Despite having had great success in teaching reading, writing and arithmetic a parent sees a post by another parent about nature studies inspired by tracing deer tracks in the snow, and immediately doubts what they have achieved, while the deer tracking parent worries about when the book learning will be fitted in.

Since the late 1980s, successive government ministers with a very limited personal experience of what an education can look like, have contributed to a government tendency to homogenise and narrow the curriculum. This, too, has contributed to parents having a rigid view of what to include when educating at home.

Teaching ordinarily involves constant trade-offs and rebalancing of what to include or prioritise. Parents need to be empowered to not only value their own role in educating their children, and not only in a pandemic lockdown, but also to value their own authority to decide what that education should look like for their children.

While there may be some benefits in exploiting technology, including video-conferencing, its current use may be adding to the distress of parents while they battle with tight schedules and finite or contested access to devices from the many family members working or studying from home.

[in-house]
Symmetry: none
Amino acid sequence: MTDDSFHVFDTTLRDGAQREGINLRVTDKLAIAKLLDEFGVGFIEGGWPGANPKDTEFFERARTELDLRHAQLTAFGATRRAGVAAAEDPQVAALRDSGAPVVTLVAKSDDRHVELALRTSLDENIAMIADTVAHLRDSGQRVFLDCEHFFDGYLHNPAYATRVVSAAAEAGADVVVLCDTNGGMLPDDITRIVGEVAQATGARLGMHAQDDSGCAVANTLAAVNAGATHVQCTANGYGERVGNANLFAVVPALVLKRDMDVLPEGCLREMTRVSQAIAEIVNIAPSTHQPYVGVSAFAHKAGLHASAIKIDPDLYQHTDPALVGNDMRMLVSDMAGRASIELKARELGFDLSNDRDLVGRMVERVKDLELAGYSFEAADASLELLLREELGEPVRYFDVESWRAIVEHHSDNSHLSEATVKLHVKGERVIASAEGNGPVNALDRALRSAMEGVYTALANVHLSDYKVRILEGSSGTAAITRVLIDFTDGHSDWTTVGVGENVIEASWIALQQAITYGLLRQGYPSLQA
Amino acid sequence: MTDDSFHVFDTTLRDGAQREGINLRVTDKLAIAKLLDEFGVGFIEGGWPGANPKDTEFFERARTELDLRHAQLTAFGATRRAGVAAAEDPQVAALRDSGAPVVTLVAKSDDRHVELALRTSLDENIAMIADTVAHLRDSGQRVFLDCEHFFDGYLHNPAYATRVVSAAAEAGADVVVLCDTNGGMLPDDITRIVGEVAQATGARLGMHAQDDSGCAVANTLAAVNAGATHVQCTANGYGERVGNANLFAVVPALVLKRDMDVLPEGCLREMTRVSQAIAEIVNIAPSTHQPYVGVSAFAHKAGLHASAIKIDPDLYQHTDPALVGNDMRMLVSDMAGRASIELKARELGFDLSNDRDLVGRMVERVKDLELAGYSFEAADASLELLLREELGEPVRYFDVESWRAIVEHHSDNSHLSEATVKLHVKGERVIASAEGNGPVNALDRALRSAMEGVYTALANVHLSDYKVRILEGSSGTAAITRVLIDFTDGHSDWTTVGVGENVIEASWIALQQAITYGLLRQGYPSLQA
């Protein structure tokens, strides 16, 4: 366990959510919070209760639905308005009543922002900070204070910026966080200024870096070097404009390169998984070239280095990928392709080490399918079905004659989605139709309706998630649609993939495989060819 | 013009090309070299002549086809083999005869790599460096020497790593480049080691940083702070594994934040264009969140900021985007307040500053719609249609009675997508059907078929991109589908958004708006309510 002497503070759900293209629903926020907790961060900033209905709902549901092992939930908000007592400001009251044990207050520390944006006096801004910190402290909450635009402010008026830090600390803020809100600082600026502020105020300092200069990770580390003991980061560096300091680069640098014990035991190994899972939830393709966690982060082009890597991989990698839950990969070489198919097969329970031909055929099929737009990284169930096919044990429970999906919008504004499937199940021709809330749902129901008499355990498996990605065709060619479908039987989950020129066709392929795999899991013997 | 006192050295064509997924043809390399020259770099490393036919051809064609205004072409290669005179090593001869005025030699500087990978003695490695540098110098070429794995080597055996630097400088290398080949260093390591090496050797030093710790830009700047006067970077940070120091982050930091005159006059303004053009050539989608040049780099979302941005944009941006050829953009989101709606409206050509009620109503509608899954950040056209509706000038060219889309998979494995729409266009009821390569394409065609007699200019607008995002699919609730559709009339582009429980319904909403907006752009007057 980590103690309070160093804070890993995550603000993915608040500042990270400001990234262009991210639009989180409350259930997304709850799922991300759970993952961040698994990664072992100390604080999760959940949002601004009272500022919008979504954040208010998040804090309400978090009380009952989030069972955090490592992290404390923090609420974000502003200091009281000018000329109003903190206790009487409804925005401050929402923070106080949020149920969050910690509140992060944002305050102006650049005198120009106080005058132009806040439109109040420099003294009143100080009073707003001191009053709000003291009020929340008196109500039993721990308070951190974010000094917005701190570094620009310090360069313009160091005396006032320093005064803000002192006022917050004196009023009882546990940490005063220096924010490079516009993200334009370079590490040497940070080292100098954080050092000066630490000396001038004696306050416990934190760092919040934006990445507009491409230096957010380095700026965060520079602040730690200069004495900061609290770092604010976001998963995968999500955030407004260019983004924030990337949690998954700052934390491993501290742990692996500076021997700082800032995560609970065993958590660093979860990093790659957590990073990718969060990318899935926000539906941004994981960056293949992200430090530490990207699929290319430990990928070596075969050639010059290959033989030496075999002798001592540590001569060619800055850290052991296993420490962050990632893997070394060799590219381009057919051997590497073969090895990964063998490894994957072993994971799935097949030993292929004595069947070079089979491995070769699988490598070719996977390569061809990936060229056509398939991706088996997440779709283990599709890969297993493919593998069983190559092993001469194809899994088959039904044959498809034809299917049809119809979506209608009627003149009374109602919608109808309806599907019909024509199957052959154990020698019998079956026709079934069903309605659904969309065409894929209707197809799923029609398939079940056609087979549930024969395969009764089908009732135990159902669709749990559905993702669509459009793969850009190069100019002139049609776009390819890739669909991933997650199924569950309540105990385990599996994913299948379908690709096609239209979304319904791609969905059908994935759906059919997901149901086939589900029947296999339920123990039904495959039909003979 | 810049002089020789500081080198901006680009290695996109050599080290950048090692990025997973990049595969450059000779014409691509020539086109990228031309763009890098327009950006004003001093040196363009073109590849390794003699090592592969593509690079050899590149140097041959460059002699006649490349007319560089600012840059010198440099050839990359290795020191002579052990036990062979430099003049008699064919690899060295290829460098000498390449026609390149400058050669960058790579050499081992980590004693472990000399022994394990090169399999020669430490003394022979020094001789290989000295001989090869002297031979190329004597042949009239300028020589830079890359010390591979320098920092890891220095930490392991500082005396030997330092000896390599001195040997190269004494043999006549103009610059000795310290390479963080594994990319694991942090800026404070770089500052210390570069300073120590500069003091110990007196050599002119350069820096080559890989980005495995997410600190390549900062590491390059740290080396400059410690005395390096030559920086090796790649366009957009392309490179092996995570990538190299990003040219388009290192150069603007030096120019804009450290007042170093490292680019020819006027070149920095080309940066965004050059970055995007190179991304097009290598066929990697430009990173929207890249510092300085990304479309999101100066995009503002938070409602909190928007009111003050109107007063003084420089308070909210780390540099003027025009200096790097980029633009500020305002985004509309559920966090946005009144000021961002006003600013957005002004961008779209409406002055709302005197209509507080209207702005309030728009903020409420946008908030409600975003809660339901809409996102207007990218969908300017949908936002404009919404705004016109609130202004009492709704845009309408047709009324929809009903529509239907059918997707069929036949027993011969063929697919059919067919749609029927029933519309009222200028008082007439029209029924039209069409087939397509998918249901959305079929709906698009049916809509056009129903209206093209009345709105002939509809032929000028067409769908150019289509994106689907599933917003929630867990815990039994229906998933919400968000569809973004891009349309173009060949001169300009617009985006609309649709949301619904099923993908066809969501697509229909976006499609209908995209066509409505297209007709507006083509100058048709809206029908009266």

The parents at my own school communicated a widespread preference for paper-based resources and menus of learning tasks from which to choose, I suspect due to the flexibility these can afford.

Responding to a letter to all our parents, one parent described her situation and how she has adapted and made home learning work for her particular circumstances:

“My husband is a key worker and I am working from home so home schooling is a real juggling act; but one I really want to be able to manage! In talking to lots of friends and parents they are feeling under pressure from the schools their children attend and I feel very lucky and reassured by the supportive, balanced and realistic messages we are receiving. The textbooks are also a real help for me as they are something I can set the children off working on and they are happy to plod on with while I am distracted with work.”

Children learn different things at different paces and at different times. Parents need to be pleased with what their children learn rather than worrying about all the many things they have yet to learn – that’s a huge amount to worry about for anyone. They need to take credit for the kind of activities and games their children normally enjoy and learn a lot from.

Most of all, parents need to feel in control and assume the authority to make decisions about what, when, and how their children learn.

To avoid home learning becoming a major contributor to mental health concerns, communication from government and schools is key and must signal permission for parents to assume a flexible and guilt-free approach to supporting their own children’s learning, whatever that may look like.

  • Graham Frost is headteacher of Robert Ferguson Primary School in Carlisle and a member of the National Association of Head Teachers’ National Executive.